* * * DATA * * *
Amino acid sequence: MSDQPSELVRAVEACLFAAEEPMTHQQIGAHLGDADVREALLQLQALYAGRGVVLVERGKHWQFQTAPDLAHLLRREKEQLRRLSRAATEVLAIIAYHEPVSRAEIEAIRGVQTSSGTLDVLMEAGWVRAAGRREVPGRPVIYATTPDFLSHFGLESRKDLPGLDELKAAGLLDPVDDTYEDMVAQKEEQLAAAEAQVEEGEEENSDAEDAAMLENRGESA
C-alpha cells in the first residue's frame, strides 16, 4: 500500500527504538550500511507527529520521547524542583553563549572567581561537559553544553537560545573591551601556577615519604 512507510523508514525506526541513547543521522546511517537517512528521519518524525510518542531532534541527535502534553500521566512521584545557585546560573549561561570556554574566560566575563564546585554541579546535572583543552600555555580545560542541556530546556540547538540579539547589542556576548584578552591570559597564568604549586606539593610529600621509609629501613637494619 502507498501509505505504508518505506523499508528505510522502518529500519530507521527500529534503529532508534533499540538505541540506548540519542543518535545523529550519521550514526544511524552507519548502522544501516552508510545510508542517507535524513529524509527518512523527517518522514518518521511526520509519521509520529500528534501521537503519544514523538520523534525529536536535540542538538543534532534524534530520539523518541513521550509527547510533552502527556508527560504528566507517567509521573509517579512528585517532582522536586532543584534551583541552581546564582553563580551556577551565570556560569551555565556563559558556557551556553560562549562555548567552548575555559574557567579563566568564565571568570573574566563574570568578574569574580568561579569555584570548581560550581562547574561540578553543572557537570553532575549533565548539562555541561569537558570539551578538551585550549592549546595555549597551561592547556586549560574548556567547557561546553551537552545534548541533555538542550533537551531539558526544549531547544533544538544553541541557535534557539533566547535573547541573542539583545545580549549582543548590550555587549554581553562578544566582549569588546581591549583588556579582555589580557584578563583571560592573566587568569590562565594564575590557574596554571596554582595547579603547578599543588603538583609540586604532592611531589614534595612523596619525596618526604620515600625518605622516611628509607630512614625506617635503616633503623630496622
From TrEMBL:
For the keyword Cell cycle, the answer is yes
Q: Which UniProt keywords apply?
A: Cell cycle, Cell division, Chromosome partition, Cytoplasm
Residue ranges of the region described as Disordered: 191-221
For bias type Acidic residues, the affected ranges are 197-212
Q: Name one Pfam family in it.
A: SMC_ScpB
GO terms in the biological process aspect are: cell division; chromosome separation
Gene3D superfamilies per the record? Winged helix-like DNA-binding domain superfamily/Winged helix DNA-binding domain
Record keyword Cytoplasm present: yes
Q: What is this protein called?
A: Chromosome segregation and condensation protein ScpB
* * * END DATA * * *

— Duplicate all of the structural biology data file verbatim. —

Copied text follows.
Amino acid sequence: MSDQPSELVRAVEACLFAAEEPMTHQQIGAHLGDADVREALLQLQALYAGRGVVLVERGKHWQFQTAPDLAHLLRREKEQLRRLSRAATEVLAIIAYHEPVSRAEIEAIRGVQTSSGTLDVLMEAGWVRAAGRREVPGRPVIYATTPDFLSHFGLESRKDLPGLDELKAAGLLDPVDDTYEDMVAQKEEQLAAAEAQVEEGEEENSDAEDAAMLENRGESA
C-alpha cells in the first residue's frame, strides 16, 4: 500500500527504538550500511507527529520521547524542583553563549572567581561537559553544553537560545573591551601556577615519604 512507510523508514525506526541513547543521522546511517537517512528521519518524525510518542531532534541527535502534553500521566512521584545557585546560573549561561570556554574566560566575563564546585554541579546535572583543552600555555580545560542541556530546556540547538540579539547589542556576548584578552591570559597564568604549586606539593610529600621509609629501613637494619 502507498501509505505504508518505506523499508528505510522502518529500519530507521527500529534503529532508534533499540538505541540506548540519542543518535545523529550519521550514526544511524552507519548502522544501516552508510545510508542517507535524513529524509527518512523527517518522514518518521511526520509519521509520529500528534501521537503519544514523538520523534525529536536535540542538538543534532534524534530520539523518541513521550509527547510533552502527556508527560504528566507517567509521573509517579512528585517532582522536586532543584534551583541552581546564582553563580551556577551565570556560569551555565556563559558556557551556553560562549562555548567552548575555559574557567579563566568564565571568570573574566563574570568578574569574580568561579569555584570548581560550581562547574561540578553543572557537570553532575549533565548539562555541561569537558570539551578538551585550549592549546595555549597551561592547556586549560574548556567547557561546553551537552545534548541533555538542550533537551531539558526544549531547544533544538544553541541557535534557539533566547535573547541573542539583545545580549549582543548590550555587549554581553562578544566582549569588546581591549583588556579582555589580557584578563583571560592573566587568569590562565594564575590557574596554571596554582595547579603547578599543588603538583609540586604532592611531589614534595612523596619525596618526604620515600625518605622516611628509607630512614625506617635503616633503623630496622
From TrEMBL:
For the keyword Cell cycle, the answer is yes
Q: Which UniProt keywords apply?
A: Cell cycle, Cell division, Chromosome partition, Cytoplasm
Residue ranges of the region described as Disordered: 191-221
For bias type Acidic residues, the affected ranges are 197-212
Q: Name one Pfam family in it.
A: SMC_ScpB
GO terms in the biological process aspect are: cell division; chromosome separation
Gene3D superfamilies per the record? Winged helix-like DNA-binding domain superfamily/Winged helix DNA-binding domain
Record keyword Cytoplasm present: yes
Q: What is this protein called?
A: Chromosome segregation and condensation protein ScpB